Five Tour de France stages

Two Tour of Britain stages

World Champion, road race

Related links



Cavendish team speculation hots up



Mark Cavendish: Rider Profile



Cycling Weekly’s all-time list of British pro winners

  • Mark Jones

    Great from a PR point of view and how could they not have signed him based on his success.

    I too am concerned as to how this will work out for GC, but only time will tell. Cannot see him getting the green jersey and winning the Olympic Road Race in 2012, so think he will go for stages and the Olympic Road Race thus leaving more support for the GC guys.

  • MSR

    I hope Cav has put some clauses in his contract that prevent that idiot Brailsford from stopping him riding in Grand Tours (particularly the TDF) so he can concentrate on meaningless events like the Olympics be they in London or not.
    Sky just have no clue about real cycling and dont know the Olympic road race figures way below all the Grand Tours, The World Champs, all the Classics, and several Crits.

  • Matt

    Can see a lot of Sky riders being not too impressed. How long has EBH got left on his contract ? How will it affect Swift’s development ? Help or hinder ? Looks like a massive gamble to me. The Ullrich/Zabel comparison is good but Zabel was a very different sprinter to Cav, who has up till now relied on heavy team support (even in the intermediate sprints).
    Sky, like BMC, seem to have a lot of eggs in one basket – although it’ll only take a tumble at the Classics for it to look like great forward planning.

  • Barbie Wells

    I feel a bit unsure for him,i think he could be heading for a can of worms,will they all ride for him ? I dont think so ,too many big riders who wont give up the chance of a win for him. could be wrong..I certainly hope so .Good luck Mark…

  • Mr. C

    Jeez, never saw that one coming.

  • Matspeed

    Just need to buy a yellow and polkadot jersey to get the full set………oh and Tony Martin.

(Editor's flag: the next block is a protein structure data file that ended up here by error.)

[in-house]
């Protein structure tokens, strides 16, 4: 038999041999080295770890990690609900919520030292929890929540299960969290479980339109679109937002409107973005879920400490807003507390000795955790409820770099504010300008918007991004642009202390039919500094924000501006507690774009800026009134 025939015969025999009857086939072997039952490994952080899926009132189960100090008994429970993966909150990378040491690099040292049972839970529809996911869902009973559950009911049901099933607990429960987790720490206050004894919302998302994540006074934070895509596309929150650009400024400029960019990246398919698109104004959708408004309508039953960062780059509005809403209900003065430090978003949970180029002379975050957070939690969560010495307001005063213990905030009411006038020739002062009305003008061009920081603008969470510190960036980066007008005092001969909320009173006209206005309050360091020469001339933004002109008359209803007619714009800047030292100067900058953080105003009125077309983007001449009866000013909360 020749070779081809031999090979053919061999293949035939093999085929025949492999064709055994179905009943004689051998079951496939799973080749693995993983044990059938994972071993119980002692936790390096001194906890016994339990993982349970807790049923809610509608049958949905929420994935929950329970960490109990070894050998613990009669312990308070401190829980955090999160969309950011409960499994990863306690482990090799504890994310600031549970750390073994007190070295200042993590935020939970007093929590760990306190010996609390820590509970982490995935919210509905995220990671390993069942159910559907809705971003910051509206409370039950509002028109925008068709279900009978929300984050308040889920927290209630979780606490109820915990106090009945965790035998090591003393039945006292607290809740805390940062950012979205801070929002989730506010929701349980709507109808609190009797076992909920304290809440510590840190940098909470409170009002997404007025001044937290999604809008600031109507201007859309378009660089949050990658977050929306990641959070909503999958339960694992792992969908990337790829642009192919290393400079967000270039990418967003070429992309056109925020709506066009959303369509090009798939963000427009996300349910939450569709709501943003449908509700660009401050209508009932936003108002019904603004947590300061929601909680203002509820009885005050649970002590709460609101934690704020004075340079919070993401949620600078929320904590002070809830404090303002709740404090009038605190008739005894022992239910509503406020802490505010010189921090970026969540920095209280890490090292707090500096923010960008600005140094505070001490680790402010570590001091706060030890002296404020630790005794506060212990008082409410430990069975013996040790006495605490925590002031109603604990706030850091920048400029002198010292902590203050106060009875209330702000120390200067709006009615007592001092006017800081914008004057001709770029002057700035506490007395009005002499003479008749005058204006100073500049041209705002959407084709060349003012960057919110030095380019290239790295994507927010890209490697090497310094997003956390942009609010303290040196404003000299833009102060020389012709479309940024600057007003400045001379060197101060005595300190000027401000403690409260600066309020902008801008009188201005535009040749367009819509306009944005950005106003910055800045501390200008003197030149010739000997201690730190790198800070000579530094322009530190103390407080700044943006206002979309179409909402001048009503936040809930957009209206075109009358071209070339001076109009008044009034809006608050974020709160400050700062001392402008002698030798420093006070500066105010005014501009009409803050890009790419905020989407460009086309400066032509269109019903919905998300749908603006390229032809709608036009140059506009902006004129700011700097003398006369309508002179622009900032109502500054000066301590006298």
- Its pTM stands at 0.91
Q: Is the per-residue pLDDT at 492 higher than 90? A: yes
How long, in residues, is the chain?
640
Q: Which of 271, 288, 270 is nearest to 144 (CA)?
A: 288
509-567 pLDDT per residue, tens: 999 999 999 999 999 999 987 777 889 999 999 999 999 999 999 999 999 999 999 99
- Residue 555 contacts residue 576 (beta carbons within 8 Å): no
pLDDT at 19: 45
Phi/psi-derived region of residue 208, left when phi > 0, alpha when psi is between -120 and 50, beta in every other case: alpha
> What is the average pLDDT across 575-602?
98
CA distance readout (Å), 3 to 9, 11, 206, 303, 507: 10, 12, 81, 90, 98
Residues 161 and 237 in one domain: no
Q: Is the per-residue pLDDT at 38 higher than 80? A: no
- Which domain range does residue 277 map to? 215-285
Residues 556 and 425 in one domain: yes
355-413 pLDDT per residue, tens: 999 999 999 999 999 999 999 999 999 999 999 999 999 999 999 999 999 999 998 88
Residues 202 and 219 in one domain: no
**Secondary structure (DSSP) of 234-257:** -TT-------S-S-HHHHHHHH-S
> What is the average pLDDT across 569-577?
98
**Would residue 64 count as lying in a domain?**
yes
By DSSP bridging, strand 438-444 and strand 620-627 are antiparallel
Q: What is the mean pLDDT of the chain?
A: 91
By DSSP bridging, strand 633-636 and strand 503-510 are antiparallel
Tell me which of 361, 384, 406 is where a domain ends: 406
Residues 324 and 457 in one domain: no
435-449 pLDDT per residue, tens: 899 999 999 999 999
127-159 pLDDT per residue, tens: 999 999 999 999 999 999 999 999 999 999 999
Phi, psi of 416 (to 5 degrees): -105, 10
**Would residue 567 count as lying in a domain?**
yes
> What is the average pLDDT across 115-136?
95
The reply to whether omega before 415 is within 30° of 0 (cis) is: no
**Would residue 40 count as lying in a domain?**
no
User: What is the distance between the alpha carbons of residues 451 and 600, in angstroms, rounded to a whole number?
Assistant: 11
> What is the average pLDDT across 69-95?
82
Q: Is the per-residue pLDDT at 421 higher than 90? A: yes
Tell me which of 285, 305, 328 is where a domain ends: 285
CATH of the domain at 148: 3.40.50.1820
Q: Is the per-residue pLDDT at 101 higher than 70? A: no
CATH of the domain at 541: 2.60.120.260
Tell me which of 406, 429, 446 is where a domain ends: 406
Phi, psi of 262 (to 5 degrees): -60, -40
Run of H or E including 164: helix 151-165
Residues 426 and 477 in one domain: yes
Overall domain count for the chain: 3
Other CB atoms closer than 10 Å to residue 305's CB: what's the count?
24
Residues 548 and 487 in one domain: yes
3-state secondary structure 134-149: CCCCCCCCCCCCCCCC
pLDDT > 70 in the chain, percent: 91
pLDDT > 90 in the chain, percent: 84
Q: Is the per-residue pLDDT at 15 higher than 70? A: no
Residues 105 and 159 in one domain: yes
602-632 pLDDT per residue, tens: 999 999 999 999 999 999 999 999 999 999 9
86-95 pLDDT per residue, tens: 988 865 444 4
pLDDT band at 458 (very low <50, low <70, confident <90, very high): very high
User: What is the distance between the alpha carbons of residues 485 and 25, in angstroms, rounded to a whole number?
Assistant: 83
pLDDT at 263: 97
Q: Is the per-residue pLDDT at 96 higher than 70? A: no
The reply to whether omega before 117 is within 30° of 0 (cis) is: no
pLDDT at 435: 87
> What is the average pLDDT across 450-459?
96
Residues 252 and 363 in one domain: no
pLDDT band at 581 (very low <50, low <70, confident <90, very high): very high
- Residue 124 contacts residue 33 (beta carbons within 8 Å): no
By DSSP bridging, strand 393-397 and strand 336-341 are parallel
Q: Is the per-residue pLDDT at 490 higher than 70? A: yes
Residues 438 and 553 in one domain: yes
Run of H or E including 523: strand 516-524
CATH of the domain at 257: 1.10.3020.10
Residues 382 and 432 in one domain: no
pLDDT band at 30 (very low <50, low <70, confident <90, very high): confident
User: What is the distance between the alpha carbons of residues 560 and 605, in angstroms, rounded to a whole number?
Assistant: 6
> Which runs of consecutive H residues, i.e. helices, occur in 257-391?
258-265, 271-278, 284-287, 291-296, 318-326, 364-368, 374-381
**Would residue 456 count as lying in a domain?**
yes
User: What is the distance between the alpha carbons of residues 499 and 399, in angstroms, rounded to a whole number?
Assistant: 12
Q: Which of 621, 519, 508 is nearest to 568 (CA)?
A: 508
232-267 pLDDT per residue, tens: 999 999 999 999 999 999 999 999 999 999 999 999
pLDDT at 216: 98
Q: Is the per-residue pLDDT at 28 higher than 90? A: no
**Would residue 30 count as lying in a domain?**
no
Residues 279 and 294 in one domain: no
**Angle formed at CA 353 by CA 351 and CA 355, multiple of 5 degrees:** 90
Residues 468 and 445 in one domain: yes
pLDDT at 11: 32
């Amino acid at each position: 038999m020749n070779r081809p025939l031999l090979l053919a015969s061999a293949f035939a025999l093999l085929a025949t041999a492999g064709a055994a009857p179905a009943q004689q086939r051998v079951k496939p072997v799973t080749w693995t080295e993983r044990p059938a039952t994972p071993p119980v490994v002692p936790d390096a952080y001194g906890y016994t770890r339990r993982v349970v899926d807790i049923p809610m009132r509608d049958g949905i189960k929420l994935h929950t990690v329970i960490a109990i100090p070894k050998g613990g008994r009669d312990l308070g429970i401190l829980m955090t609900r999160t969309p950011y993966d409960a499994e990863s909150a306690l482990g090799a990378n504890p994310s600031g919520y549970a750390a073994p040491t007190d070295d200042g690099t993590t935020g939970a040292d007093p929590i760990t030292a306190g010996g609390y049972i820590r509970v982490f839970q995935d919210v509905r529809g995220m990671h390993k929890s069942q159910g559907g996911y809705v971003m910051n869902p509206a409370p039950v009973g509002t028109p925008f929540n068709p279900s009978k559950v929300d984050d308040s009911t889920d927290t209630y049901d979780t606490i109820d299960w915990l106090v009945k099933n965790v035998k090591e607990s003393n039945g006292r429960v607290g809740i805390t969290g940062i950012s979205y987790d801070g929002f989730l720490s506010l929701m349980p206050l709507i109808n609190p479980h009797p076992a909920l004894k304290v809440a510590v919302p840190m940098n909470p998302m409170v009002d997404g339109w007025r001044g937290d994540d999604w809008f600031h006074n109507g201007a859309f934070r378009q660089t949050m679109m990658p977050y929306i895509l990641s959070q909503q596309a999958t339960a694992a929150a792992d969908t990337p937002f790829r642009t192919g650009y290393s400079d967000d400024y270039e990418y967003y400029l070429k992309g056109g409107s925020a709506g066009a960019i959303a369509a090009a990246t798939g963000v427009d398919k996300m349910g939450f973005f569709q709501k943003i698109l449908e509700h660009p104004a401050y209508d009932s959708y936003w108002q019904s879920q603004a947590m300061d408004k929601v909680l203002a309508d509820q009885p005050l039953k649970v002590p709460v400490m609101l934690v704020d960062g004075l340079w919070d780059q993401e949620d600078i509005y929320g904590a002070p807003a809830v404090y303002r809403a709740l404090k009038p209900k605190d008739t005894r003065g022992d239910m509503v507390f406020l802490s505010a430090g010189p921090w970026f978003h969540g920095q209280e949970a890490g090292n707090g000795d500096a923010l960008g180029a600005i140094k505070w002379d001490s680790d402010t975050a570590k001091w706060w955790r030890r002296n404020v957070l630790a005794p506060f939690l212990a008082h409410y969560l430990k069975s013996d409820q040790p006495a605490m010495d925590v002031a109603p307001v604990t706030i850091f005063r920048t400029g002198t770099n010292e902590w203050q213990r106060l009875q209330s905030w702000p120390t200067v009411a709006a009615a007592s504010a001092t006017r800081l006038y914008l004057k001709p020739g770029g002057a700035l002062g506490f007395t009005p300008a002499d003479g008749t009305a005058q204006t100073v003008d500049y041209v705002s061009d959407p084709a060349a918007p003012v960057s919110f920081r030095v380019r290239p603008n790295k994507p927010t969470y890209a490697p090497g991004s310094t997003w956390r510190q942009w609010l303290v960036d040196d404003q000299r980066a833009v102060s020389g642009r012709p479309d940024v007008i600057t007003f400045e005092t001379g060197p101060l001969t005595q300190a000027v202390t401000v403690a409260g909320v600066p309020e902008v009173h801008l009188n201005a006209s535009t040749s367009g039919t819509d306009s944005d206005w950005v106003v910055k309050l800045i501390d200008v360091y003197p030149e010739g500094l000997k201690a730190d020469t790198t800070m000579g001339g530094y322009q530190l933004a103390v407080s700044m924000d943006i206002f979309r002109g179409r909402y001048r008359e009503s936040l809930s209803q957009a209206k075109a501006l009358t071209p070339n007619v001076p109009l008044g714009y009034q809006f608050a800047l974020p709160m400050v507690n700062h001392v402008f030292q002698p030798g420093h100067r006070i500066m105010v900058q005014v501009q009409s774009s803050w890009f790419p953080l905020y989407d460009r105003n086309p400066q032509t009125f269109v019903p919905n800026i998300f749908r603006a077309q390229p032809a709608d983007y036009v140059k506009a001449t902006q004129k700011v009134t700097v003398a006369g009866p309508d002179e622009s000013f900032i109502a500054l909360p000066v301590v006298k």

• wade

    He was reported to be insisting on Specialized. Will he ride a Pinarello?

  • Mike

    Dont see too much of a problem.
    Wiggo and Froom will have two guys to look after them in the first mountain stage. As soon as one has proved the stronges that then means three to look after the GC contender.
    Still leaves Cav with four guys for his lead out.

  • Dave Rowe

    I was worried that Sky might have two many chiefs in Grand Tours but I suppose that it didn’t do Ulrich and Zabel any harm inTelekom. Issues of juice aside.

  • Ron Henderson, Edinburgh

    Signing Cav. will make winning the G.C. in thebig tours very difficult. Will Bradley and Chris be laying it all down for a few stage sprint wins? Surely the overall is the big prize, so who will be left to work for them in the mountains?

  • Stu Turner

    Good news for Team Sky from a PR point of view, I mean they couldn’t NOT have the current World Champion who happens to be British, who also happens to be the fastest finisher in the peloton and an advertisers dream riding for a British team. It would have been a PR disaster for this not to happen………..however…
    How will this work in the Grand Tours, can one team seriously support a rider wanting to win the Sprinters price and a serious GC contender, be that Wiggo, G or even EBH?
    Has it been done before?

  • Ken Evans

    “Only Belgian’s Phillipe Gilbert and Spain’s Alberto Contador
    can demand higher wages than the Briton.”

    Cycling is higher profile in Belgium and Spain than the UK.

    But Cav has been world champion on both road and track,
    unlike the other two, and he will probably also win more races in the future than either.

  • Ian Winfield

    At last, the worst kept secret in the world is out. Fantastic!